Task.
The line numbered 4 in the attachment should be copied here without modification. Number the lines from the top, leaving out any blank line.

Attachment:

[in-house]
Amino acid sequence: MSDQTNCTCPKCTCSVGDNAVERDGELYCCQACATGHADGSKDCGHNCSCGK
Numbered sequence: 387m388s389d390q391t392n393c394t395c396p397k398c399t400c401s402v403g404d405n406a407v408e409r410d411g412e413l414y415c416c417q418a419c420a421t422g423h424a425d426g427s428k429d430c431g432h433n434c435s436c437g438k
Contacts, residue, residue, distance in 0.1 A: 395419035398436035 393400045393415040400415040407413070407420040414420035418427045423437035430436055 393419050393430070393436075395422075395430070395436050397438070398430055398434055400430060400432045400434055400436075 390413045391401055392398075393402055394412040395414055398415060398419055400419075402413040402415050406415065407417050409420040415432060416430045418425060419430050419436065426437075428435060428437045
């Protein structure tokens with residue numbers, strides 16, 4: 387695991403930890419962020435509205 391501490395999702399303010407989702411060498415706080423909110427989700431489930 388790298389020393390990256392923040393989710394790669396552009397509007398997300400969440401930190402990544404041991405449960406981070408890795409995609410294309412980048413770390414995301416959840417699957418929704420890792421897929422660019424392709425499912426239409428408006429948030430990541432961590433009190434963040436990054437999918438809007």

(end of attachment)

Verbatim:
Contacts, residue, residue, distance in 0.1 A: 395419035398436035 393400045393415040400415040407413070407420040414420035418427045423437035430436055 393419050393430070393436075395422075395430070395436050397438070398430055398434055400430060400432045400434055400436075 390413045391401055392398075393402055394412040395414055398415060398419055400419075402413040402415050406415065407417050409420040415432060416430045418425060419430050419436065426437075428435060428437045